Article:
Despite an increased focus on scientific practice in the philosophy of science in recent years, there has been relatively little focus on malpractices such as intentional fraud or gross negligence. This is the more striking since malpractice in research both in the form of outright misconduct such as fraud and deceit and in the form of the so-called ‘grey zone’ behavior such as sloppiness and incompetence has been a topic of growing concern both among scientists themselves and among politicians, administrators and in the general population (for an overview of this development, see e.g. Steneck 1999; 1994). Most existing philosophical analyses of malpractice in science have centered on intentional deceit and treated the phenomenon primarily as a topic for ethical analyses. However, in this paper I shall go beyond this focus on deceit and discuss intentional, reckless as well as negligent actions, and I shall argue that an analysis of these actions goes beyond research ethics and includes important epistemological aspects as well. Hence, one of the aims of this paper is to point to a new area for philosophy of science in practice to address. I shall start with the notion of epistemic dependence and the necessity for scientists to be able to trust their collaborators and their peers, and reiterate core contributions to the literature on the epistemic and moral components of trustworthiness and how trustworthiness is assessed. Based on this background, I shall examine situations in which scientists have not been trustworthy, and I shall discuss how the assessment of trustworthiness compares to the assessment of untrustworthiness.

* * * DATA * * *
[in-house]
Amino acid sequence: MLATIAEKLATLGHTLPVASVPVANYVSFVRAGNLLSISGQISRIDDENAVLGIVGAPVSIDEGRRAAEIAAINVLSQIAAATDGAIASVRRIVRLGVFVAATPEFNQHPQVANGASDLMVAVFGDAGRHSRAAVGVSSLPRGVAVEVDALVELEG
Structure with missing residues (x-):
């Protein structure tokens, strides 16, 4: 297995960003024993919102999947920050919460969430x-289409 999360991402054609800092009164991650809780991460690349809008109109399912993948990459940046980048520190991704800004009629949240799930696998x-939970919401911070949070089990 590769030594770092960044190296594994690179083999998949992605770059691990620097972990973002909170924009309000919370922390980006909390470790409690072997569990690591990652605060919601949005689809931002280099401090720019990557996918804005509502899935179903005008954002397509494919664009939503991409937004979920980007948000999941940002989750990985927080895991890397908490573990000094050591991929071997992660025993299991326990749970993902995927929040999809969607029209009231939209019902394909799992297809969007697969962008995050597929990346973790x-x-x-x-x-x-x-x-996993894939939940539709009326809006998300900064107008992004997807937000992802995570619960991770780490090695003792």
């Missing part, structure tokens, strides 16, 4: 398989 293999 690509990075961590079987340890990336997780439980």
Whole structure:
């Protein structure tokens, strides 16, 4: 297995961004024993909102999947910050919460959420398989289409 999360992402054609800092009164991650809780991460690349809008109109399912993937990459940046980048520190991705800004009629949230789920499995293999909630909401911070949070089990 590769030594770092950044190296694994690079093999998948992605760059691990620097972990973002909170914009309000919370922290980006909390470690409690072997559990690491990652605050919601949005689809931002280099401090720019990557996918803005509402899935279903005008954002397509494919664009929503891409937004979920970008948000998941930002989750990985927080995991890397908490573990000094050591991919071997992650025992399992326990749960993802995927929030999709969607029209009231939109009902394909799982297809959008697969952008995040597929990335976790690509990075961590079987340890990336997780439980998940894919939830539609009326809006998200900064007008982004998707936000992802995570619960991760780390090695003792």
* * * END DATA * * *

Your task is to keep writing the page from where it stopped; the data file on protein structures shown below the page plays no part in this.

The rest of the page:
Science After the Practice Turn in the Philosophy, History and Social Studies of Science, 2014, p. 161-173
Philosophy of science in practice; Scientific Misconduct